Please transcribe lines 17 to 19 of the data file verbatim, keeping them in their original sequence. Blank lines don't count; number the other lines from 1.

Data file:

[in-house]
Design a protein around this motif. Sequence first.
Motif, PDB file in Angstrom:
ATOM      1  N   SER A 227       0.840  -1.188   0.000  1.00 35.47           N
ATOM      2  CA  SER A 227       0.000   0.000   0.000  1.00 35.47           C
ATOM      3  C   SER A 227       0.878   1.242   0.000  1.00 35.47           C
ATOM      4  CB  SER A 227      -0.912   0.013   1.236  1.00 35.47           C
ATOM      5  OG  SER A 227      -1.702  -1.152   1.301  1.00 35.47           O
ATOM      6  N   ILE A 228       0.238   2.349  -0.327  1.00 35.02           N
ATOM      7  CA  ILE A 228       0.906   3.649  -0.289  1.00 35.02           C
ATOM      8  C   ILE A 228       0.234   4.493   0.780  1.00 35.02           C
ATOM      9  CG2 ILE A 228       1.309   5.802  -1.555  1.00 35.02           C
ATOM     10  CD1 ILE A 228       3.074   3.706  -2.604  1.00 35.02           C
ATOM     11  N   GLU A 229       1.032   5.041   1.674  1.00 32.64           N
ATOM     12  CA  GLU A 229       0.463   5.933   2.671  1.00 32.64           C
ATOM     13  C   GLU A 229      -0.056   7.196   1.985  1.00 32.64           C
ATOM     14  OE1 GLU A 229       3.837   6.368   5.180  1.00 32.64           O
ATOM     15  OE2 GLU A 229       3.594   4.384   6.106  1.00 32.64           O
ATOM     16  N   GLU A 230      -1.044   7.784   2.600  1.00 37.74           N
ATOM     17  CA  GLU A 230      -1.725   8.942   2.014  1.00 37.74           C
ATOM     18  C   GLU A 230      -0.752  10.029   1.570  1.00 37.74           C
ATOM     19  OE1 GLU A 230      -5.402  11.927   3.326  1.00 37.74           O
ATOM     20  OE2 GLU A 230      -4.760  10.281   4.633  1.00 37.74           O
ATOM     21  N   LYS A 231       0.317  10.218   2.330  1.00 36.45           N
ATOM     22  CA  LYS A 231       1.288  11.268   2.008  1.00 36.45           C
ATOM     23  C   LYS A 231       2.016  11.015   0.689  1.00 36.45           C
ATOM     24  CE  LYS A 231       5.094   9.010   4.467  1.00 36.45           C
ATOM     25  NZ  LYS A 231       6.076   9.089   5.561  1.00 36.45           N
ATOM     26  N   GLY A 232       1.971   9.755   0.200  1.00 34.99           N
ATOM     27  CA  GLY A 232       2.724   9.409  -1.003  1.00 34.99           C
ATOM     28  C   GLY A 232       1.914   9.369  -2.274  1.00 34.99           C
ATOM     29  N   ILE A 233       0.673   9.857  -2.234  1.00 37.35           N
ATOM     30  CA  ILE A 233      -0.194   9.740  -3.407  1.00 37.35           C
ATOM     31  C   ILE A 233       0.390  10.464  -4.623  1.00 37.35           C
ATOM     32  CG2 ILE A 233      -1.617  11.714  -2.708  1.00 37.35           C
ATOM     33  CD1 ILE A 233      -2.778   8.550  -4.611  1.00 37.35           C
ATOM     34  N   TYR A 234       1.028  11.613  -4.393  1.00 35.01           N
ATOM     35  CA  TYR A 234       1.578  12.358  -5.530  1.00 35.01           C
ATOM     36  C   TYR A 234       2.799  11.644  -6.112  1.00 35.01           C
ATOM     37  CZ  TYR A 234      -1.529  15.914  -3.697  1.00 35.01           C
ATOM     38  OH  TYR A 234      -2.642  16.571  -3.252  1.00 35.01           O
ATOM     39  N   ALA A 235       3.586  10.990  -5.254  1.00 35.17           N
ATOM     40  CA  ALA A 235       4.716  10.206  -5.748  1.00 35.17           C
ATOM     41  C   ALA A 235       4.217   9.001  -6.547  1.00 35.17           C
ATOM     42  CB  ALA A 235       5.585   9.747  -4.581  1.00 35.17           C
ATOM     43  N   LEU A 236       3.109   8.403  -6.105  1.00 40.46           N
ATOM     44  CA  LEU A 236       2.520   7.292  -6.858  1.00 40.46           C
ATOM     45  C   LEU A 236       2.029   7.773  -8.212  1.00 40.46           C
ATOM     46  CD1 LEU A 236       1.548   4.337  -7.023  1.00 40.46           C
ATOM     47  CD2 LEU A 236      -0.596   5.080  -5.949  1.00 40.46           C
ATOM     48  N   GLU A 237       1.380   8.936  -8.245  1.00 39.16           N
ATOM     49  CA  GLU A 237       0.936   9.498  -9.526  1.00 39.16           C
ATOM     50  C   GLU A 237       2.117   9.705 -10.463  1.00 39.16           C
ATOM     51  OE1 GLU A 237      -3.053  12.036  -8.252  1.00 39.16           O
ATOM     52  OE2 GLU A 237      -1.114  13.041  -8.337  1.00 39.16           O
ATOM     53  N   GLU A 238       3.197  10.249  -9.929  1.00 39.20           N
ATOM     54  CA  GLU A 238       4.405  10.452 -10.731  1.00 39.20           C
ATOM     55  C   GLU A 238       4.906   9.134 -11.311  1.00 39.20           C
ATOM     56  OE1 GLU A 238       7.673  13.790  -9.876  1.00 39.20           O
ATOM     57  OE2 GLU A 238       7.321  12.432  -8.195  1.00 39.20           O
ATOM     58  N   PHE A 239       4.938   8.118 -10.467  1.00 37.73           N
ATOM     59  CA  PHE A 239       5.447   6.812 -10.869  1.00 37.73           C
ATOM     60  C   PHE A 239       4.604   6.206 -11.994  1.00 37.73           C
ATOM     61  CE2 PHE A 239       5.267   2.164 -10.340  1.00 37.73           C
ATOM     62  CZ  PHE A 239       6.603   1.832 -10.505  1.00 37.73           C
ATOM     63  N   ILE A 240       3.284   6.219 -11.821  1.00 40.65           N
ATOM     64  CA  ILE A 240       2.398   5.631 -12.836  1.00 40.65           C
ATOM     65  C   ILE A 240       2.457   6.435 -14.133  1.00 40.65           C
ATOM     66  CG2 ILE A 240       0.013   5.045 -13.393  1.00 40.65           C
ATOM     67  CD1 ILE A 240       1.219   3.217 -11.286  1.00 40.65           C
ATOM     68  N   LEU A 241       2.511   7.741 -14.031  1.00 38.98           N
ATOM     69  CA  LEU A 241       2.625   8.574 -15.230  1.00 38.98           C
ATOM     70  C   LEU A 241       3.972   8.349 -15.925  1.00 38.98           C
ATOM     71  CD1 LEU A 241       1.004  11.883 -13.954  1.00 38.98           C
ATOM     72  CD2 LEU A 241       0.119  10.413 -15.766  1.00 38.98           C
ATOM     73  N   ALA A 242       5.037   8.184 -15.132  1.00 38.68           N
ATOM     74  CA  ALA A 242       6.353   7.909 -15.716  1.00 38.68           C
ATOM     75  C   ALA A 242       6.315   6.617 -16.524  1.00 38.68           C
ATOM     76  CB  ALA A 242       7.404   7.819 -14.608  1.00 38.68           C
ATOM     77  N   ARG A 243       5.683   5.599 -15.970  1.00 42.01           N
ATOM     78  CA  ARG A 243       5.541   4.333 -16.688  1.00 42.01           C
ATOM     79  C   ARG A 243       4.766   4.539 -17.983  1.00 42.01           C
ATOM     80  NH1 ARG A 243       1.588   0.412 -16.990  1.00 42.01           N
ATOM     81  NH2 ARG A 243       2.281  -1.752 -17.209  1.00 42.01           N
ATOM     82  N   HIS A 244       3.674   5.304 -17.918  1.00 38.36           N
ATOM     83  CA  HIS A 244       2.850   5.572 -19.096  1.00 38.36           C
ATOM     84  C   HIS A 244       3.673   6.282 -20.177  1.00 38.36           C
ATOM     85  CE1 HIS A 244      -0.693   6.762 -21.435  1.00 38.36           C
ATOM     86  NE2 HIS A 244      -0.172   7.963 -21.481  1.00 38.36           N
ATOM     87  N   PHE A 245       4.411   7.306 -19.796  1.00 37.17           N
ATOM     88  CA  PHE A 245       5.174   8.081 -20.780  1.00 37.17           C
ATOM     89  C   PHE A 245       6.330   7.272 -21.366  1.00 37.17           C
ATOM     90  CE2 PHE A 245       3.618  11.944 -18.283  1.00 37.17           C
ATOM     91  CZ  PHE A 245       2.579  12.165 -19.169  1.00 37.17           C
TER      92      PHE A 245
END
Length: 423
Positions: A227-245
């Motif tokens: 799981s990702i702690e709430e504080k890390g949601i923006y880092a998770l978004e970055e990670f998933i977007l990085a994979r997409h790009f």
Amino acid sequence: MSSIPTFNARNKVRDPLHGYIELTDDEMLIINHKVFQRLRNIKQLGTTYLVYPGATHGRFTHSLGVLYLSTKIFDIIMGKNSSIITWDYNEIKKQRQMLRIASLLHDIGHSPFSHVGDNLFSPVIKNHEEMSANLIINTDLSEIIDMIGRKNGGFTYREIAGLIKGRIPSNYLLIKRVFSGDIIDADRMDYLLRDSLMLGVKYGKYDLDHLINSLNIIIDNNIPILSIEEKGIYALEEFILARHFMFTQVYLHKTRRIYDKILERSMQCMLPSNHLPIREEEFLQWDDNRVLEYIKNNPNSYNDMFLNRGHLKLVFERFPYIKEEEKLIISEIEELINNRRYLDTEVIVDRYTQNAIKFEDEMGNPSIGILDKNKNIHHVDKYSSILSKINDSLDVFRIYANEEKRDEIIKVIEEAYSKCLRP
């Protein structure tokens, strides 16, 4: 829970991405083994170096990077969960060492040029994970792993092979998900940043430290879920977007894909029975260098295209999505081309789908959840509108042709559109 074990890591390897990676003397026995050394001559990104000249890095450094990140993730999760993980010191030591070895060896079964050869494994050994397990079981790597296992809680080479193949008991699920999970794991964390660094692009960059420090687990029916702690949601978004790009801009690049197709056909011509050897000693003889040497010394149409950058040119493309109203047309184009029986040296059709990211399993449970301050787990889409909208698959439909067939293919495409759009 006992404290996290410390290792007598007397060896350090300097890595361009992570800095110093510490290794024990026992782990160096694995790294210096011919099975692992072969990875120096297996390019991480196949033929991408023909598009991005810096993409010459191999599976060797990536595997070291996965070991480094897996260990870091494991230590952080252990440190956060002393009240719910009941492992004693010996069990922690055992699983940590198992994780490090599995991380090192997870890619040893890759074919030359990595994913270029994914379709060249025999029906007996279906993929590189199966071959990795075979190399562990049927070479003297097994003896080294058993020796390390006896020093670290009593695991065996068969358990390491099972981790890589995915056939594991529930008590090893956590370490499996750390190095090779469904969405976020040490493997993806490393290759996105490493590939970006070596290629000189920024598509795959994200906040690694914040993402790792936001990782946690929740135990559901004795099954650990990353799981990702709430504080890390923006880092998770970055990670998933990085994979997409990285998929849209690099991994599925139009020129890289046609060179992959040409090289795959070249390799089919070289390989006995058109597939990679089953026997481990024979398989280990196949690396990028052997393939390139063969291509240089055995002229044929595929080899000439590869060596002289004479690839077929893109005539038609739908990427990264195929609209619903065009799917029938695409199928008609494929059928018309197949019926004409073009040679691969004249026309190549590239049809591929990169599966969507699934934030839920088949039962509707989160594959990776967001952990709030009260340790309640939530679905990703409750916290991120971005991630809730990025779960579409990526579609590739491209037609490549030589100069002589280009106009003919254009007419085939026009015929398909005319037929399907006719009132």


ATOM     14  OE1 GLU A 229       3.837   6.368   5.180  1.00 32.64           O
ATOM     15  OE2 GLU A 229       3.594   4.384   6.106  1.00 32.64           O
ATOM     16  N   GLU A 230      -1.044   7.784   2.600  1.00 37.74           N